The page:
This mythological hero has been
reasonably well supported in 1/72 scale, but only Italeri has brought out
injection moulded C130 kits in 1/48 scale.
Having developed a taste for large scale endeavours with the Vulcan, I obtained
Italeri's C130H and Flightpath's etched brass details from Hannant's model shop
in London. This comes in an even larger box than the Vulcan and is packed
with parts for the exterior and a reasonable interior which is improved by the
Flightpath details. The decal sheet with this version of the Italeri kit
came with low vis decals for USAF, Canadian, Italian, French and RAF "Fat
Alberts" with some common stencils. The RAF
version was a Desert Storm aircraft in overall "Desert Pink"
with small low vis roundels and two code numbers - not that interesting!
The fuselage is moulded in four sections split vertically and just in front of
the wing root. The kit is designed for the fuselage to be assembled in
front and rear portions which then "snap" together, however I though
that the fit would not be particularly good and so I carefully assembled the
parts to form complete fuselage halves with a smooth join between the front and
rear parts. The interior parts were painted and assembled and the
Flightpath details added. The excellent Flightpath set contains details
for the cockpit console, throttle quadrant, pilot and co-pilot's seats and the
side and rear entry doors/steps. The etched brass fret was quite thick
however and so the parts were not easily separated using a sharp blade. I
eventually found success in removing them using a razor saw over a timber offcut,
which had the added advantage of not having the etched parts "ping"
off into sub-space once detached.
The canopy is provided as a large
injection moulded part including part of the fuselage roof. Once the
interior had been fitted and the fuselage halves joined, the canopy was masked,
glued in place and the edges faired into the fuselage with filler. The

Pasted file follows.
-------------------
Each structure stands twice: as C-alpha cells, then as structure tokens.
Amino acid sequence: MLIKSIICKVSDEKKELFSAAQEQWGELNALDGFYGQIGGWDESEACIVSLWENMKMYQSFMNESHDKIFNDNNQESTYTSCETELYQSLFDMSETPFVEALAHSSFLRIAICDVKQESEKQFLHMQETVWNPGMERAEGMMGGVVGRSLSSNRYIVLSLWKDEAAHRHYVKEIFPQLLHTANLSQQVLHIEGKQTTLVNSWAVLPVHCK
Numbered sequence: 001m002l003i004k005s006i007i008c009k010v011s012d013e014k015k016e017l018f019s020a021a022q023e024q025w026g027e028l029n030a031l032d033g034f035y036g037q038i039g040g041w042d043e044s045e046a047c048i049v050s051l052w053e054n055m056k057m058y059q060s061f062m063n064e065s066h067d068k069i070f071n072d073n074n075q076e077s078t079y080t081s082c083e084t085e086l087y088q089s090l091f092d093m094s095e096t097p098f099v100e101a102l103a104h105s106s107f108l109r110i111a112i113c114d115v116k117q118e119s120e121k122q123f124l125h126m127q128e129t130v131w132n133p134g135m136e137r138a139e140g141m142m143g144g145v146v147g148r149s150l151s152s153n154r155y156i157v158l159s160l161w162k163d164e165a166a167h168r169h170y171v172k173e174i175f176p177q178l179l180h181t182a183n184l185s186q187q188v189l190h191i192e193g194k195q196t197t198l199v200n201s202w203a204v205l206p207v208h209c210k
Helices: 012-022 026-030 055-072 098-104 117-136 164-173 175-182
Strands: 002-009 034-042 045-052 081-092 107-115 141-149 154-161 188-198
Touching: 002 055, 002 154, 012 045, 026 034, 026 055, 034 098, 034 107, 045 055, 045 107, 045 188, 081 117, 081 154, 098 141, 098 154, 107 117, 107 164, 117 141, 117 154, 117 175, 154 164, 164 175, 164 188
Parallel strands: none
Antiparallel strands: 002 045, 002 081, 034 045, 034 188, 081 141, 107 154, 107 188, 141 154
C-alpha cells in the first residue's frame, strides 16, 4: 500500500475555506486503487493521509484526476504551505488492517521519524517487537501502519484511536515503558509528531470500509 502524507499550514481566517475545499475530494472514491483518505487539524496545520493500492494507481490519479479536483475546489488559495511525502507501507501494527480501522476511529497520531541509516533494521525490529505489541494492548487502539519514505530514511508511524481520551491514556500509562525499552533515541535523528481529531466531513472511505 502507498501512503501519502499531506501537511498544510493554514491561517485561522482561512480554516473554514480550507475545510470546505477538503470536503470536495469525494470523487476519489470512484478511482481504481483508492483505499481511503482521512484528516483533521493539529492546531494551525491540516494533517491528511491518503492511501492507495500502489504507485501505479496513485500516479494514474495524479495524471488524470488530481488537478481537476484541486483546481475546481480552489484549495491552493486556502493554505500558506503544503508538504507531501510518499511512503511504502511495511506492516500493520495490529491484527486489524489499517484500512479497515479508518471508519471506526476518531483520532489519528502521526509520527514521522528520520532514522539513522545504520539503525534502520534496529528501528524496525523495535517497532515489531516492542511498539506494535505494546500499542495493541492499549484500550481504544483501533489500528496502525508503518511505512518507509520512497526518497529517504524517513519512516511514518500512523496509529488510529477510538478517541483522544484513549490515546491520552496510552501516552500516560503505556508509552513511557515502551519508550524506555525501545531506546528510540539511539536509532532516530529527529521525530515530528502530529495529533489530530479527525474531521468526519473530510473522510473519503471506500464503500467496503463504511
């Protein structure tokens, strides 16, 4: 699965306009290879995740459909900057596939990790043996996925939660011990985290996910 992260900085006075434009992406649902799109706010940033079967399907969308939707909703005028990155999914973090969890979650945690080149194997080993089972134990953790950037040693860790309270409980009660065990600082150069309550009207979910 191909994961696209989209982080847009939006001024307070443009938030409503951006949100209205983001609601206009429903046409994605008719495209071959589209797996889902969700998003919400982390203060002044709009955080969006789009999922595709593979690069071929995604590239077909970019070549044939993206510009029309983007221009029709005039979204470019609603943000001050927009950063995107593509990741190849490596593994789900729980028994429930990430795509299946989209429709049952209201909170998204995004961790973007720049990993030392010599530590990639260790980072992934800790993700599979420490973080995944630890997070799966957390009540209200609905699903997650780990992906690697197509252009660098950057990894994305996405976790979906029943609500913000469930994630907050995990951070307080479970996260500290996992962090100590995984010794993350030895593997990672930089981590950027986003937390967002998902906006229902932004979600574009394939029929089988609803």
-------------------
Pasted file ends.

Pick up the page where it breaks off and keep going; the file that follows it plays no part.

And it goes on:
interior had been painted "approximate" interior green using an auto
spray can (no more brush painting large areas for me!) and the masked canopy was
similarly painted before the outer finish was applied.
The wings have extended flaps thanks to Flightpath and they and the engine pods
were completed as separate modelling exercises. I separated the rudder and
elevators and re-attached them in deflected positions. The wings fit over
a strengthening spar provided with the kit, which passes through the fuselage.
I did not glue the wings in place as they fit relatively snugly to the fuselage
and can be removed to allow the completed model to be transported.
Click on images below to
see larger images
The kit represents an RAF Hercules
C1-P of No. 70 Squadron at RAF Lyneham in 1982 following "Operation
Corporate" in the Falklands. It features the in-flight refuelling
probe rapidly developed to enable the aircraft to fly across the South Atlantic
and which Italeri provide on a separate sprue. The camouflage pattern of
dark sea grey and dark green was applied using Humbrol spray enamel, paper masks
and large quantities of masking tape. The underside light aircraft grey
was brush applied as Humbrol apparently do not do a spray can of this colour (I
suppose I should get an airbrush some day). Once dry the underside was
weathered along the panel lines. The decals
came from various sources: codes and stencils from an Airwaves "RAF Desert
sheet for a Hercules C3-P, roundels from an Xtradecals sheet and more
stencils from the kit decal sheet. The upper surface walkway lines were formed
using Xtradecal red and yellow stripes with the red stripe applied first, made
dashed by brush painting over with the camouflage colour, and then applying the
yellow stripe! The whole was then sealed in with Johnson's Kleer -
followed by a large drink and a lie down.
As the stereo display stand is full this model gathers even more dust on top of
a filing cabinet.
If making this kit again I would probably sand down the panel lines (especially
around the nose) and illuminate the interior. The RAF Meteorological
Flight "Snoopy" would make an interesting model...Hmmm.